But as French revolutions came and went — from 1789 and 1830 to 1848 and 1870 — women’s rights remained few and feeble. Marginalized by the Rights of Man and Citizen — the title of which speaks for itself — women were essentially transformed by the Napoleonic Code into wards of a paternal state. Marianne evolved to reflect this institutionalized fear of women: in statuary and paintings, she was now depicted with her blouse firmly buttoned, her hair carefully braided, and her behind solidly settled on a chair. Demure and decorous, Liberty was a good bourgeoise.
By the 1950s and 1960s, however, her blouse again began to loosen. Women were now claiming the legal and civic rights they had long been denied, and declaiming against the bourgeois values embodied by the earlier Marianne. In 1953, photos of a barely bikinied Brigitte Bardot signaled, as powerfully as Delacroix’s painting had a century earlier, the simmering cultural and political scene in postwar France. In fact, in 1969, the year after this pot-bouille burst into the revolutionary “événements de mai 1968,” Bardot became the official model for Marianne, with busts of her face and mostly uncovered breasts adorning municipal and state offices.
As history would have it, the beach where the young Bardot was photographed, Cannes, was also the first town this summer to issue an anti-burkini ordinance. As justification, the Cannes authorities declared that the burkini violated the secular basis of the French constitution. Yet, as a growing number of French Muslim women insist, they too are battling, like Marianne, for the same rights guaranteed by the secular republic. In a recent interview in madmoiZelle.com, Hawa N’Dongo, a Muslim student at the University of Paris, dismissed the widespread conviction that Muslim women are compelled to cover themselves: “I don’t wear my scarf for men, but for God.” Her choice is rooted in the values of French secularism: “To claim the right to wear a headscarf is itself a form of freedom.” The research done by the sociologist Leïla Benhadjoudja reveals that N’Dongo’s perspective is the rule, not the exception. There is no correlation, she argues, between covering one’s hair or body and the dynamics of domination that might exist in a marriage or family. The claim that a veil signifies domination, Benhadjoudja concludes, itself smacks of paternalism.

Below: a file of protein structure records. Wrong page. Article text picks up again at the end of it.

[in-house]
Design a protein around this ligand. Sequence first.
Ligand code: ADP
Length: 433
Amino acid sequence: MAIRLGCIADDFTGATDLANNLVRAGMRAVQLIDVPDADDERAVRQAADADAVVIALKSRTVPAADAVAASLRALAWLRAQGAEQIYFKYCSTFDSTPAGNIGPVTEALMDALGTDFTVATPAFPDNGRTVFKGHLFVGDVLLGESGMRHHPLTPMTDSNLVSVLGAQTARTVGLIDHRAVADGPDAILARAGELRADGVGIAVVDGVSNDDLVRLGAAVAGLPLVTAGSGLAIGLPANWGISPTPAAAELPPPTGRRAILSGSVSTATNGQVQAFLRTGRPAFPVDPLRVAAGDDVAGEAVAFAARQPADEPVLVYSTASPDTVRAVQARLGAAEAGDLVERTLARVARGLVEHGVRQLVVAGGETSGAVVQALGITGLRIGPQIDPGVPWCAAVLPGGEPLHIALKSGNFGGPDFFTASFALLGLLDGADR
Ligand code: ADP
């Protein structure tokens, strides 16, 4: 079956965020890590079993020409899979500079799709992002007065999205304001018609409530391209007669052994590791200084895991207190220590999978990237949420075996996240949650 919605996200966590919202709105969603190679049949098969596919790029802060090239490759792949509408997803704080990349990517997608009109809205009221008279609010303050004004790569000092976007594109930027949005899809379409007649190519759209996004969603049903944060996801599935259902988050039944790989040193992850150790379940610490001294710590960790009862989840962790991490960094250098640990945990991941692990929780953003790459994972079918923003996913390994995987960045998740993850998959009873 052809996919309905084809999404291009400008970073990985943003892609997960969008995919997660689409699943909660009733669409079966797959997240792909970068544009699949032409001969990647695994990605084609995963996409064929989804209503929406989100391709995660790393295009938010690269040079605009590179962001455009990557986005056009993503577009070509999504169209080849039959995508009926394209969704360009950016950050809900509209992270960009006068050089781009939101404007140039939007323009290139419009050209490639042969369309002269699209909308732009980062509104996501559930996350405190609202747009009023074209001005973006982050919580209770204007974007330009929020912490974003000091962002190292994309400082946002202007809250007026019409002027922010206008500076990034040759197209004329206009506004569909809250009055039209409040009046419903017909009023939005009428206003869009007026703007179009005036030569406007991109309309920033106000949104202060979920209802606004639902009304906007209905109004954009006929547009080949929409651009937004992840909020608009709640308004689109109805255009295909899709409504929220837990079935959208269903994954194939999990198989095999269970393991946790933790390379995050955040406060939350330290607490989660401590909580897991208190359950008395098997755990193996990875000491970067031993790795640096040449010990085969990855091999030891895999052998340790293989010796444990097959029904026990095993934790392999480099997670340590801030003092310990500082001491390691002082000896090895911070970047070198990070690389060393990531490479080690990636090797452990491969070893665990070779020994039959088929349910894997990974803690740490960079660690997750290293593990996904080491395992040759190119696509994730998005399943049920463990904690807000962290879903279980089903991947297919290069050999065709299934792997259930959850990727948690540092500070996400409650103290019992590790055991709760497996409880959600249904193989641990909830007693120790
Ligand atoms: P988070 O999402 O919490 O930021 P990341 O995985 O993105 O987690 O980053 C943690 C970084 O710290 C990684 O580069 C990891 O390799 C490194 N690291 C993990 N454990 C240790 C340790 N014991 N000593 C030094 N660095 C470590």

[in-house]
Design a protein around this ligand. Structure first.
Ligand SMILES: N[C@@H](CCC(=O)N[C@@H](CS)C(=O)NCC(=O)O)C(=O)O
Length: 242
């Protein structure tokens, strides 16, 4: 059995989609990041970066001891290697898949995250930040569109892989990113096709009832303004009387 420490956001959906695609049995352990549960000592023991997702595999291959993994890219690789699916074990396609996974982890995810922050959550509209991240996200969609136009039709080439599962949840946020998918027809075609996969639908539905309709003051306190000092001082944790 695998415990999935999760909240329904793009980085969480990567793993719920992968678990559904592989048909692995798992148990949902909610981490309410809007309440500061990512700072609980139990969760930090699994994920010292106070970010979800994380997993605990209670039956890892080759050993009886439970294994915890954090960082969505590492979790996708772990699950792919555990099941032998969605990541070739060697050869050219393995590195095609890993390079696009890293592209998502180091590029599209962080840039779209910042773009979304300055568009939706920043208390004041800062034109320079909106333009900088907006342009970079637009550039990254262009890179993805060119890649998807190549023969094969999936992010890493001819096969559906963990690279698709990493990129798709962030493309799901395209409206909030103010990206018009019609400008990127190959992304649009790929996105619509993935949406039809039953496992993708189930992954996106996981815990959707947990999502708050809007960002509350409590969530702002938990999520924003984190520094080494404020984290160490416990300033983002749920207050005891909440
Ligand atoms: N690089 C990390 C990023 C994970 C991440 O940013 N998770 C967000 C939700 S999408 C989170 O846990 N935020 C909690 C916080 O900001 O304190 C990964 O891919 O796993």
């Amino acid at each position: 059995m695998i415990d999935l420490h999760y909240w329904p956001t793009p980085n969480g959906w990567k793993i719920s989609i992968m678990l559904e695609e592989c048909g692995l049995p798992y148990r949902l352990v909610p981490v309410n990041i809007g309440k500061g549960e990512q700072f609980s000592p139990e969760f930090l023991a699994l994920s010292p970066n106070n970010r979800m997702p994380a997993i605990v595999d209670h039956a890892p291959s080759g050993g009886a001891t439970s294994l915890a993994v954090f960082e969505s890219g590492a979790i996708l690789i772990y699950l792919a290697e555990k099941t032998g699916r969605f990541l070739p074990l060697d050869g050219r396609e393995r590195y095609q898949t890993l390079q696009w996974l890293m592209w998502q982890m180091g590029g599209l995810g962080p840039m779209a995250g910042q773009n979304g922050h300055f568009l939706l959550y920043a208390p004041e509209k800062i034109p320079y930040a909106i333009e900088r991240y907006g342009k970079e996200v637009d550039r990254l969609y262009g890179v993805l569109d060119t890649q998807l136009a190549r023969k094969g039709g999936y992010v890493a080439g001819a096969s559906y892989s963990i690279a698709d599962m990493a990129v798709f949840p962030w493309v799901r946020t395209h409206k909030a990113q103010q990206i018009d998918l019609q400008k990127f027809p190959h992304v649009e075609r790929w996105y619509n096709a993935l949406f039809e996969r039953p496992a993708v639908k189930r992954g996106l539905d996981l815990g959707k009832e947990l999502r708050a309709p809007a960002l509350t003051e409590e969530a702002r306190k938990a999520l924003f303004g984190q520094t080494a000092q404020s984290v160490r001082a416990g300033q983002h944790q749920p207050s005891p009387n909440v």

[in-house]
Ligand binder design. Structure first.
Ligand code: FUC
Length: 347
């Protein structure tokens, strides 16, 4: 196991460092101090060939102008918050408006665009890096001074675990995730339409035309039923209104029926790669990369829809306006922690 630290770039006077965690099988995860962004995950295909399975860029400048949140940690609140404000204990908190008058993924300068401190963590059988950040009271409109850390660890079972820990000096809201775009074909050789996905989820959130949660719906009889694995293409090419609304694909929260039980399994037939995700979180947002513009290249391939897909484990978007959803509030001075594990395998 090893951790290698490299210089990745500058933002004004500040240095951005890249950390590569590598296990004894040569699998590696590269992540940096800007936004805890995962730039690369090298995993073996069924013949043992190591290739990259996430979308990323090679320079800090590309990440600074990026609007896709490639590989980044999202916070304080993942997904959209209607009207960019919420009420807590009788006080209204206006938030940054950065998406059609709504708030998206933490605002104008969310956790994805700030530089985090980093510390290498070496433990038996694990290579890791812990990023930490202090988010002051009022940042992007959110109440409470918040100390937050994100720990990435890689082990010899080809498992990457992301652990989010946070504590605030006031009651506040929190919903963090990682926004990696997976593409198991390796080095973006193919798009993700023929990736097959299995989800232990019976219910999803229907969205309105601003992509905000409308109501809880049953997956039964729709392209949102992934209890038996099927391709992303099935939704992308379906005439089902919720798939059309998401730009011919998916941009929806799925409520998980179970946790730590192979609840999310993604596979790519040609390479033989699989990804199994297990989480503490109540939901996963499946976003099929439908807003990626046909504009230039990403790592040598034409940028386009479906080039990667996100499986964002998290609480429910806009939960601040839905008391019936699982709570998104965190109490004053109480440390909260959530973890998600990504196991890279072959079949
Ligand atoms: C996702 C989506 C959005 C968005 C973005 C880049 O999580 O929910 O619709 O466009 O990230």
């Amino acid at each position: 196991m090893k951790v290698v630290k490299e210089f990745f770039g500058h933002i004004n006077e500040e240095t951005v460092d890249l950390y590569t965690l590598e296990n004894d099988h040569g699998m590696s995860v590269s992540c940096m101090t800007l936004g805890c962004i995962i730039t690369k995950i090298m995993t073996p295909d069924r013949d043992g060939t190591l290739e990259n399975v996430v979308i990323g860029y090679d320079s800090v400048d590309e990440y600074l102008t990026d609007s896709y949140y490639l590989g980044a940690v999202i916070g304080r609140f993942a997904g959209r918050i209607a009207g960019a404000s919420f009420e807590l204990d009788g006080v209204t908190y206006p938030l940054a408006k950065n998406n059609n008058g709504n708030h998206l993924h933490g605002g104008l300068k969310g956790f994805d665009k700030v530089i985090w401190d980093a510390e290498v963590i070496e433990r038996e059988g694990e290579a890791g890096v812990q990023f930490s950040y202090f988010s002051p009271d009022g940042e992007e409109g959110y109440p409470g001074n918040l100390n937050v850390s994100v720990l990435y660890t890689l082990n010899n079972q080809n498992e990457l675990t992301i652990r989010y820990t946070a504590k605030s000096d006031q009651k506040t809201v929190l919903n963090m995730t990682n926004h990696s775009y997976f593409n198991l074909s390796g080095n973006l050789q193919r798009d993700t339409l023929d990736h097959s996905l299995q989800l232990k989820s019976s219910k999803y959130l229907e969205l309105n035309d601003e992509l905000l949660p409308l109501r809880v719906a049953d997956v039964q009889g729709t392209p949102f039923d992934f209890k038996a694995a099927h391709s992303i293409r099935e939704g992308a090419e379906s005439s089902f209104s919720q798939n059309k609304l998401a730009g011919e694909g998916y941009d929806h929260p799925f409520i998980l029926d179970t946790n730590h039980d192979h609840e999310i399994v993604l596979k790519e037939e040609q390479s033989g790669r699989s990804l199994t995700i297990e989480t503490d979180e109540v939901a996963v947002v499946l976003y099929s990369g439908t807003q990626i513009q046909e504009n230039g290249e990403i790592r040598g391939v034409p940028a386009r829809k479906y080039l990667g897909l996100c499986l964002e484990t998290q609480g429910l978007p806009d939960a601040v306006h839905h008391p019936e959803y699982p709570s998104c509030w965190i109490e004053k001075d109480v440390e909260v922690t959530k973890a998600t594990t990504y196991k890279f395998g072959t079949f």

The topsy-turvy consequences of this evolution are both heartening and worrying. Whereas Marianne — at least in her late 19th-century depictions — concealed her body to reveal her political and sexual subordination, her early 21st-century iteration conceals her body to reveal her political and sexual liberation. As the well-known feminist scholar and politician Esther Benbassa recently asked in the newspaper Libération, must we really measure a woman’s “emancipation by the shortening of a her skirt, or [regard] a woman’s nudity as a tool of her liberation?” While she does not deny that some Muslim women are compelled to cover their bodies, Western women in quest of impossible slimness are really no different: “We obey a diktat, deeply rooted in our minds, to please men.”
And yet, cultural stereotypes have a long life. Earlier this year, when designers like Dolce & Gabbana and H&M introduced lines of hijab-inspired gowns, Plantu, the celebrated caricaturist at Le Monde, published a cartoon depicting a young woman wearing a hijab, cinched at the waist by a belt of explosives, with another woman — unveiled, décolleté, and a tear welling in her eye — in the corner. Against a blood red background, the caption asks: “When will there be designer belts?” Though rightly slammed by critics as Islamophobic, the cartoon speaks to widespread fears that, on occasion, are thickened by actual events. Just last month, an attempt was made by three French Muslim women to explode a car filled with gas cylinders and parked near Notre Dame. Is it possible, as the well-known sociologist Farhad Khosrokhavar suggested in an interview in Le Monde, that there is a growing convergence between Islamic jihadism and a very particular understanding of feminism?
Even if that is the case, an abyss lies between the worldviews of a Hawa N’Dongo and these female jihadists. The latter’s understanding of feminism is as distorted as their understanding of Islam. Yet it may well be that these women also see themselves as Marianne, killing on behalf of a concept of liberty that strikes us (rightly) as dire nonsense, but strikes them as real and true. The challenge now confronting French non-Muslims and Muslims — both those with headscarves and those without, those who pray and those who don’t — is clear. It is to disarm that particular Marianne through a politics of inclusiveness, not exclusion, and of a generous secularism that makes room for all citizens, and not only those properly dressed. Or undressed.
Photo courtesy of Bruno Sanchez-Andrade Nuño.